Why cryptojacking is an overlooked security threat

How compute power from many organisations is being slyly diverted into cryptocurrency mining

Ransomware attacks like WannaCry and NotPetya have generated reams of news coverage this year, but another form of cyberattack is quietly on the increase: cryptojacking.

Readily available JavaScript tools allow cryptojackers to harness the CPUs of phones, tablets, PCs and servers, and use this collated power to validate cryptocurrency transactions before other miners. Their Bitcoin (or altcoin if they're mining another cryptocurrency) reward for providing this service comes at someone else's expense – and that someone, whether an individual or organisation, often has no idea their processing power has been hijacked.

“You could be browsing a website they've taken over through malware or by adding some JavaScript, and without your knowledge, without your approval, your laptop or your iPad's compute resources are now being used for mining cryptocurrency,” says Varun Badhwar, CEO and co-founder of RedLock, which monitors Microsoft Azure, Google Cloud Platform, and AWS for security and compliance risks. “This [type of attack] can impact anybody and everybody across the globe, regardless of what kind of system you're on and how many compute resources you have available.”

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Although mining malware has been around since 2013, the release of the Coinhive JavaScript miner in September, together with soaring cryptocurrency values, have made cryptojacking increasingly appealing to hackers. However, Coinhive itself was not created for malicious purposes: it was intended as means for websites to earn money by borrowing visitors' processing power to mine Monero, an untraceable cryptocurrency, instead of bombarding them with ads.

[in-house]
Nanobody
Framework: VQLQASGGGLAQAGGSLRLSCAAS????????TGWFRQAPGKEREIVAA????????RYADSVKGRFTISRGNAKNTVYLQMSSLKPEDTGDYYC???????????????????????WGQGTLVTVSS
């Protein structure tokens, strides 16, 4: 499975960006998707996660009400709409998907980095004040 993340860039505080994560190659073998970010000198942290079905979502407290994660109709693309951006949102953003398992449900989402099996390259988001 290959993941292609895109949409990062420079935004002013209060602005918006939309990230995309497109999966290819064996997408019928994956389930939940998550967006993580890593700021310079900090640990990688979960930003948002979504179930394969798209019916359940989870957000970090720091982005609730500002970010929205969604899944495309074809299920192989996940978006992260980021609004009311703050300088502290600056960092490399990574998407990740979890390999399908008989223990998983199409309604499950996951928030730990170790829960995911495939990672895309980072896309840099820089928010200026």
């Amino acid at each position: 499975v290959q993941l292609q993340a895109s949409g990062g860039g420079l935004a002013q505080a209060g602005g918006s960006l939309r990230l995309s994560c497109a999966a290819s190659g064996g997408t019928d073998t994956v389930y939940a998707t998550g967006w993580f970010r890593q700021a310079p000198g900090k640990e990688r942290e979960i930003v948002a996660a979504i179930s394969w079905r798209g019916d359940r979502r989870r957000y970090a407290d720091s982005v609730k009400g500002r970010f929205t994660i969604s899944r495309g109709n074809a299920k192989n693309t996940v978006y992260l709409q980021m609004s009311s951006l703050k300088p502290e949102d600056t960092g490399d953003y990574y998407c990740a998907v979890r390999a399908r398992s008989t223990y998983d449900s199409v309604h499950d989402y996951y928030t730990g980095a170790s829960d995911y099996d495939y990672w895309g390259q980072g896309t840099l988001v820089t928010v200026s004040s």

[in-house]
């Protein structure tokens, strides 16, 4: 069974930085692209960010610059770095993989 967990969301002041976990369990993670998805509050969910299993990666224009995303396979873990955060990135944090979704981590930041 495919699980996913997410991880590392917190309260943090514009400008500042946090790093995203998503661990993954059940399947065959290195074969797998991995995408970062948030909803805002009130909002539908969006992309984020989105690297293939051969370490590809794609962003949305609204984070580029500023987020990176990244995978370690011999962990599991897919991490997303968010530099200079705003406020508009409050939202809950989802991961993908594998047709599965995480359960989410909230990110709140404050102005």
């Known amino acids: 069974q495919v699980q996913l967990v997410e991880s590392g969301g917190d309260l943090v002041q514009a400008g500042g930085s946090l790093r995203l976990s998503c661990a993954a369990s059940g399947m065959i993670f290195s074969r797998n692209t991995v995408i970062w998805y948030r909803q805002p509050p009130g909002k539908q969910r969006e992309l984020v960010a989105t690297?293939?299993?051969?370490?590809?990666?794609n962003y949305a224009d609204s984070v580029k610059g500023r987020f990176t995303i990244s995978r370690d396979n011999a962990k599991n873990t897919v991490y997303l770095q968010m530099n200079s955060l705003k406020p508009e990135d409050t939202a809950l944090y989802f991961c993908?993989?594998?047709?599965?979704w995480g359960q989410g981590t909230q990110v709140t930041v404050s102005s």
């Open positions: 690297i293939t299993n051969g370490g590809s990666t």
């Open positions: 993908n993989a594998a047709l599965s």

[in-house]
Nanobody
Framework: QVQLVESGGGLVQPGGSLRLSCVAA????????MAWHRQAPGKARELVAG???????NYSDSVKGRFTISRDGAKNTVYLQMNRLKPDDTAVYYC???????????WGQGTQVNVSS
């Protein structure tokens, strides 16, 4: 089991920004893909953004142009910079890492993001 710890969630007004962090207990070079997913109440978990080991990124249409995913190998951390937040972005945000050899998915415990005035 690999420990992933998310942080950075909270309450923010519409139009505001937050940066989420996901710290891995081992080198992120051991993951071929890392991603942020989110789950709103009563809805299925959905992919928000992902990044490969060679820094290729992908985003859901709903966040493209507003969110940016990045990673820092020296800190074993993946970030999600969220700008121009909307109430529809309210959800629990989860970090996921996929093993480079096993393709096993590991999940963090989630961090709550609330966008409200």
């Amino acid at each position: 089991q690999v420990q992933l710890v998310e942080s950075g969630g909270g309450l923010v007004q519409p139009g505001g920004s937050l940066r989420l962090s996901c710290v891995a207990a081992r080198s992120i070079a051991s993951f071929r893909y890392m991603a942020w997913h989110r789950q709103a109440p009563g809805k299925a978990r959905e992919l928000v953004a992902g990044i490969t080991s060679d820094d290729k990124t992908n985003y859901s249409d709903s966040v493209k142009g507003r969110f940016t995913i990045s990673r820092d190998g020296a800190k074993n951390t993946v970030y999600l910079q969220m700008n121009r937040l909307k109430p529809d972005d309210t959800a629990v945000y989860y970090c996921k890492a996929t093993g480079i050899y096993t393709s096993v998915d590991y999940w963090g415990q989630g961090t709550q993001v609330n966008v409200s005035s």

Nevertheless, there was – at least initially – no requirement for sites to tell people their CPUs were being 'borrowed' for mining purposes. Perhaps unsurprisingly, hackers soon began injecting Coinhive and copycat scripts into websites like Polifact.com and Showtime without the site owner's knowledge, effectively using their traffic as a means to access a vast number of CPUs and gain an edge over rival miners. 

Mining malware typically remains hidden in the Task Manager, running for as long as a web page remains open. In terms of the scale of the problem, AdGuard recently reported that 220 sites on the Alexa top 100,000 list serve crypto mining scripts to more than 500 million people, generating a collective $43,000. “...right now it's not millions,” AdGuard said in a blogpost on the issue, “but this money has been made in three weeks at almost zero cost.”

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